Five Key Steps to Successful Application Troubleshooting
We will discuss each of these steps in succession:
1. Determine the domain of the problem and exonerate the network.
2. Conduct an Application flow analysis.
3. Fix the problem.
4. Validate the problem.
5. Document the fix.
Determine the domain of the problem and exonerate the network.
This process involves three steps: (1) Validating network services; (2) Validating connectivity to the server; and (3) Determining the network path.
Validating Network Services. To validate network service, we need to do two things. First, we must be sure that clients have or are getting an IP address, subnet mask, default router address, and DNS server address. On a Windows® client, you can use the command line tool ipconfig to do this. If there isn't an IP address assigned to the client, it could be because there is a failure in the connection to the DHCP server. From the command line, you can issue the command ipconfig/release followed by ipconfig/renew. this will cause the client to initiate the four step process to obtain the configuration parameters from the DHCP server.
Using NETSCOUT OptiView, it's much easier to test DHCP and you get significantly more information. By placing the OptiView at the point of connection used by the client and starting it, the OptiView automatically does a Discovery process to find devices on the network. That process includes obtaining an address for the analyzer from DHCP as shown in Figure 21.
Figure 21. DHCP Response using OptiView
You can see that the test was successful and the OptiView received an IP address, subnet mask, default router and DNS server. From the Network Services test, you can see that the process to obtain an address took less than one second, a fact that isn't available from common line tools. A Network Port connection log provides the DHCP process steps to obtain the OptiView IP address.
The second thing we must test is DNS. To see whether a client can get names resolved we can again use two approaches. From the command line we can use nslookup.
The nslookup is a tool that is sometimes used to troubleshoot domain name servers. It's use is somewhat controversial because it is often used by hackers. It may not provide consistent results because name servers are often restricted from responding to nslookup queries. Yet, in competent hands that have good intentions, nslookup is helpful.
It can be used to do a general query in a domain and it can be used to specify a particular type of query. For example, if you type nslookup and hit enter you may receive a result such as is shown in Figure 22.
Figure 22. The nslookup Tool
The nslookup is a tool that tells us about servers, domains, and the addresses of the servers. Often, there are subcommands that allow querying about mail servers or exchange servers. Searching the Internet for descriptions will provide a great deal of information. An easier approach is to use the same screen that we used to test DHCP. In figure 23, we can see that the OptiView has been configured to resolve the name flukenetworks.com. The test was successful and IP address was returned in 2 ms.
Figure 23. DNS Test using OptiView
A test which we use less frequently is the reverse lookup. By submitting an IP address, the DNS server should return the corresponding server that uses that name. While the command line tool nslookup can be used, you can add a reverse name lookup to the OptiView by just entering the IP address in the screen that pops up when you select a DNS Server and click Add. This is shown in Figure 24.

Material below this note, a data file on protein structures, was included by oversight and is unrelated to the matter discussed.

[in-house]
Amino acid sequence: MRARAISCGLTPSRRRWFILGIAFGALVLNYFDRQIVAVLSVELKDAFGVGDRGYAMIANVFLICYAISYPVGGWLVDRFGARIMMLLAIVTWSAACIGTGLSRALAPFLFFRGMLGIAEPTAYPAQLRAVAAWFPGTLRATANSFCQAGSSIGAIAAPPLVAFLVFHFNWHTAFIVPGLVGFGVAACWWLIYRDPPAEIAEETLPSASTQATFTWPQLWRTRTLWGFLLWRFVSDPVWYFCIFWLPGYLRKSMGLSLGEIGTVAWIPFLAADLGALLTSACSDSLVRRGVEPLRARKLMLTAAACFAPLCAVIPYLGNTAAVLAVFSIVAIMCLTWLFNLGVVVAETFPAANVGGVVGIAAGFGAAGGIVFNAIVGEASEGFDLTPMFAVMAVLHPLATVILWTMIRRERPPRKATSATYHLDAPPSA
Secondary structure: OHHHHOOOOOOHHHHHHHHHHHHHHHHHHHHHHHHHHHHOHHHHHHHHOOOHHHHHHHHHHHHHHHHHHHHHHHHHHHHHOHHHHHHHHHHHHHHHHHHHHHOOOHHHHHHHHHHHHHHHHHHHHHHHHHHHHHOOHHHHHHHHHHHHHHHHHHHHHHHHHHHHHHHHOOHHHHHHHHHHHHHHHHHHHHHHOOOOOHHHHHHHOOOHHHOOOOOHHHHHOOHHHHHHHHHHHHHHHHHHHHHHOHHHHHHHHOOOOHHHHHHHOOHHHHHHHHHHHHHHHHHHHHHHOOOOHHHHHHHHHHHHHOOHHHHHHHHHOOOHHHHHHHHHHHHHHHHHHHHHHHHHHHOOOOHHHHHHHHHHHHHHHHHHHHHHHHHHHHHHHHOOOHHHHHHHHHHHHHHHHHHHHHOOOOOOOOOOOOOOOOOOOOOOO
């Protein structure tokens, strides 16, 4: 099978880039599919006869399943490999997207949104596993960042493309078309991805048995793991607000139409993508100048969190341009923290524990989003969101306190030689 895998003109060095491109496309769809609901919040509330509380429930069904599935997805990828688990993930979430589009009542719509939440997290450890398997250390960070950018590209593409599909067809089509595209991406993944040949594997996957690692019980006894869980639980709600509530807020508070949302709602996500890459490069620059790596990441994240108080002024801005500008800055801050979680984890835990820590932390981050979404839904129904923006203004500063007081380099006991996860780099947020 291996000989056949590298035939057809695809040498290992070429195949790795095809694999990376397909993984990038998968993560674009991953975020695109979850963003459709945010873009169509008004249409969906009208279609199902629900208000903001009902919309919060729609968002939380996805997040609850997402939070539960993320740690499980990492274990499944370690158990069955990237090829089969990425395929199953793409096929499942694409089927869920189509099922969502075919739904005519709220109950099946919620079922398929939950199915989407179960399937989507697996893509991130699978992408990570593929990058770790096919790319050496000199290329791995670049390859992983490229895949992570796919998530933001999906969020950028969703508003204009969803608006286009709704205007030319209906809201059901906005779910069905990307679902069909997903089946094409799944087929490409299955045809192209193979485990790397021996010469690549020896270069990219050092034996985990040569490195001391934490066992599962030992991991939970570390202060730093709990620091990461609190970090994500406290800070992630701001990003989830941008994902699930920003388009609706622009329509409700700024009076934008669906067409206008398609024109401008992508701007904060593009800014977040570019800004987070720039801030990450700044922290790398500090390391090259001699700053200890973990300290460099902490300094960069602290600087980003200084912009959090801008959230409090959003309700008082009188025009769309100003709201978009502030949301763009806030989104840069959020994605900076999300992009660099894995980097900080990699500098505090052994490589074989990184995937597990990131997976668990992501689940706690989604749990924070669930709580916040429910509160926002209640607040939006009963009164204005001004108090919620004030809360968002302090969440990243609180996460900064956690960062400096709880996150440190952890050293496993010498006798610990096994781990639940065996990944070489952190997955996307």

Figure 24. Adding a Reverse using OptiView
Device Connectivity. The ping command is so widely used, that it has become part of our language. In networking, it has a very specific meaning. It is a small application that sends a query packet to a target device to see if the device will respond. For security reasons, the device is sometimes not allowed to respond.However, it remains the most widely used method of testing connectivity.
From most command prompts, you can execute the command ping x.x.x.x. This will cause your protocol stack to send a packet called an ICMP echo request to the address you listed as x.x.x.x. Some devices do not respond to pings and some firewalls block echo requests. But if your echo request survives the journey and reaches the target, the target device is likely to respond with another ICMP packet called an ICMP echo response. Network administrators use ping packets for many purposes. You do this by adding a switch which is similar to a subcommand. Among other things you can: see if a packet containing M bytes will get to the target (ping with — l M switch), ping continuously until interrupted (-t switch) and ping allowing up to N hops (ping — i N). You can see the first of these illustrated in Figure 25. The continuous ping is usually stopped with CNTL-C. While there are slight variations of the ping command across different operating systems, most support the usage described here.
Figure 25. Ping with Designated Payload
So, suppose we believe that we have a route that is dropping packets that are over 1000 bytes because the MTU isn't the standard value 1460. We can send a ping that specifies a payload of 900 bytes followed by a ping that specifies a payload of 1100 bytes. This will give us an indication. Keep in mind that this depends on the fact that nothing in the path is blocking ICMP packets for security reasons.
Ping connectivity tests are easy to configure and run in the OptiView. In Figure 26 you can see the screen that appears when you select a device on the Discovery screen and click on Device Detail. From here you can run ping tests and other tests that we will discuss later.
Figure 26. Using OptiView
If you want to change the payload, run the test more or less frequently, or limit the hop count, you can click on configure test.
Figure 27. Ping options